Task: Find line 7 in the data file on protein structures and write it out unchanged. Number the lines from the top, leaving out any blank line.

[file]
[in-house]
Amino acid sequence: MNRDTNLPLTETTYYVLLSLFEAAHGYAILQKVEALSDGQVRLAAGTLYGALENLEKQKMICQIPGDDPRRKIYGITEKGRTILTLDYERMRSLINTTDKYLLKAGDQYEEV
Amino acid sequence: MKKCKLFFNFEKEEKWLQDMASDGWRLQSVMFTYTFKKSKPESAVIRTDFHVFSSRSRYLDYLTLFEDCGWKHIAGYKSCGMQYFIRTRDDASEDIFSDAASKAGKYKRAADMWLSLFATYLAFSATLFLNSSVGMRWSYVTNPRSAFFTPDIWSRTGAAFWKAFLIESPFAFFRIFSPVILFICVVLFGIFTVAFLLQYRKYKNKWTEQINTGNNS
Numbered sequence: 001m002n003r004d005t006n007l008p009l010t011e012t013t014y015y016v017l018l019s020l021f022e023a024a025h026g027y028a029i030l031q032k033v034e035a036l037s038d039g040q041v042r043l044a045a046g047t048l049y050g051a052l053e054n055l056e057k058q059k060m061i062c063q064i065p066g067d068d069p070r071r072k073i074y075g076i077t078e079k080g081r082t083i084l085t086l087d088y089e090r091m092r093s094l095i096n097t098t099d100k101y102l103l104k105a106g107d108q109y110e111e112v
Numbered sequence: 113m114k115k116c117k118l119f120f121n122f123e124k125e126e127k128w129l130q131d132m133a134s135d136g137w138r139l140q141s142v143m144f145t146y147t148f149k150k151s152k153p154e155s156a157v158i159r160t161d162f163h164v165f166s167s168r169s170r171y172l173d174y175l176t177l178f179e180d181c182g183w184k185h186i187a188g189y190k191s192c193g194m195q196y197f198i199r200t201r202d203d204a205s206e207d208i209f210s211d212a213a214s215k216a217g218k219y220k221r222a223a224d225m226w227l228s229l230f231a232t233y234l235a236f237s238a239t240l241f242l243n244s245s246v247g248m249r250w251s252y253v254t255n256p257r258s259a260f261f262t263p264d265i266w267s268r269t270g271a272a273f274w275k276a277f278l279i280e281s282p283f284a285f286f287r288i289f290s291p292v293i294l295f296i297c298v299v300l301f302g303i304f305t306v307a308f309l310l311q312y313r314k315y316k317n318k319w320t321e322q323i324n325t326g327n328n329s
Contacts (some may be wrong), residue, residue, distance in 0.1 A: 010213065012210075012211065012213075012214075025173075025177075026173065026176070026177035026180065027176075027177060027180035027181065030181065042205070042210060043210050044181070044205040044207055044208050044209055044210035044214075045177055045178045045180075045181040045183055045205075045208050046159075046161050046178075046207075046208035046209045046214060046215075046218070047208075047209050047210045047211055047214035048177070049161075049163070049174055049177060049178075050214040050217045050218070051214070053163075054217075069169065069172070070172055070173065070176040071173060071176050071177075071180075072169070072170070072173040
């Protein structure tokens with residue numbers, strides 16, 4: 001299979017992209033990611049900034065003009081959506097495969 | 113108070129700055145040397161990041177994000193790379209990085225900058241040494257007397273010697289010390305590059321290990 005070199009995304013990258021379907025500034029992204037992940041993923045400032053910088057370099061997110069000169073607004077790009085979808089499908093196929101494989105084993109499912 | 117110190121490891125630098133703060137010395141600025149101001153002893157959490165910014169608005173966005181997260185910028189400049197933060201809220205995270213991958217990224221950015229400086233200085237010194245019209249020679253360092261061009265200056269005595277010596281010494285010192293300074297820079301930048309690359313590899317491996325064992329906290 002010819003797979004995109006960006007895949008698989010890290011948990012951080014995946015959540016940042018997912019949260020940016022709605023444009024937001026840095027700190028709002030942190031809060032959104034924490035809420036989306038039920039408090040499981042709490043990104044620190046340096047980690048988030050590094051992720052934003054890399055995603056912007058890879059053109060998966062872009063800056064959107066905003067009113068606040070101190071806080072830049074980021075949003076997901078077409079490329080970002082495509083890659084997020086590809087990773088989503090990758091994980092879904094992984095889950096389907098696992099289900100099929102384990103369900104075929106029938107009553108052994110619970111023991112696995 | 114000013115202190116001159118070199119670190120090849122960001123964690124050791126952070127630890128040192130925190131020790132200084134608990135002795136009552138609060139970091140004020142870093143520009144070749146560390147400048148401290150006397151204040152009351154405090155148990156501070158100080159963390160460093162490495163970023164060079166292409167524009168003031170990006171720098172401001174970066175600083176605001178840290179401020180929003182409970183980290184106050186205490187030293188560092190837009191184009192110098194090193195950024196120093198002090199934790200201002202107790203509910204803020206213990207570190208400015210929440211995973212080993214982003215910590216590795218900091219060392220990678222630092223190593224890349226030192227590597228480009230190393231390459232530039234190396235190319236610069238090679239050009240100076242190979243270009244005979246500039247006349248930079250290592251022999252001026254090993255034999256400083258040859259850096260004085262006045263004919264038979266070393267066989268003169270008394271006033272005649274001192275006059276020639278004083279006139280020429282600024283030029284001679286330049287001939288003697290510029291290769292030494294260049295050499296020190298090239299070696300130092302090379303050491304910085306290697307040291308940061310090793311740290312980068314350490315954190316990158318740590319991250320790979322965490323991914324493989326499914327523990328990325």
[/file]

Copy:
């Protein structure tokens with residue numbers, strides 16, 4: 001299979017992209033990611049900034065003009081959506097495969 | 113108070129700055145040397161990041177994000193790379209990085225900058241040494257007397273010697289010390305590059321290990 005070199009995304013990258021379907025500034029992204037992940041993923045400032053910088057370099061997110069000169073607004077790009085979808089499908093196929101494989105084993109499912 | 117110190121490891125630098133703060137010395141600025149101001153002893157959490165910014169608005173966005181997260185910028189400049197933060201809220205995270213991958217990224221950015229400086233200085237010194245019209249020679253360092261061009265200056269005595277010596281010494285010192293300074297820079301930048309690359313590899317491996325064992329906290 002010819003797979004995109006960006007895949008698989010890290011948990012951080014995946015959540016940042018997912019949260020940016022709605023444009024937001026840095027700190028709002030942190031809060032959104034924490035809420036989306038039920039408090040499981042709490043990104044620190046340096047980690048988030050590094051992720052934003054890399055995603056912007058890879059053109060998966062872009063800056064959107066905003067009113068606040070101190071806080072830049074980021075949003076997901078077409079490329080970002082495509083890659084997020086590809087990773088989503090990758091994980092879904094992984095889950096389907098696992099289900100099929102384990103369900104075929106029938107009553108052994110619970111023991112696995 | 114000013115202190116001159118070199119670190120090849122960001123964690124050791126952070127630890128040192130925190131020790132200084134608990135002795136009552138609060139970091140004020142870093143520009144070749146560390147400048148401290150006397151204040152009351154405090155148990156501070158100080159963390160460093162490495163970023164060079166292409167524009168003031170990006171720098172401001174970066175600083176605001178840290179401020180929003182409970183980290184106050186205490187030293188560092190837009191184009192110098194090193195950024196120093198002090199934790200201002202107790203509910204803020206213990207570190208400015210929440211995973212080993214982003215910590216590795218900091219060392220990678222630092223190593224890349226030192227590597228480009230190393231390459232530039234190396235190319236610069238090679239050009240100076242190979243270009244005979246500039247006349248930079250290592251022999252001026254090993255034999256400083258040859259850096260004085262006045263004919264038979266070393267066989268003169270008394271006033272005649274001192275006059276020639278004083279006139280020429282600024283030029284001679286330049287001939288003697290510029291290769292030494294260049295050499296020190298090239299070696300130092302090379303050491304910085306290697307040291308940061310090793311740290312980068314350490315954190316990158318740590319991250320790979322965490323991914324493989326499914327523990328990325």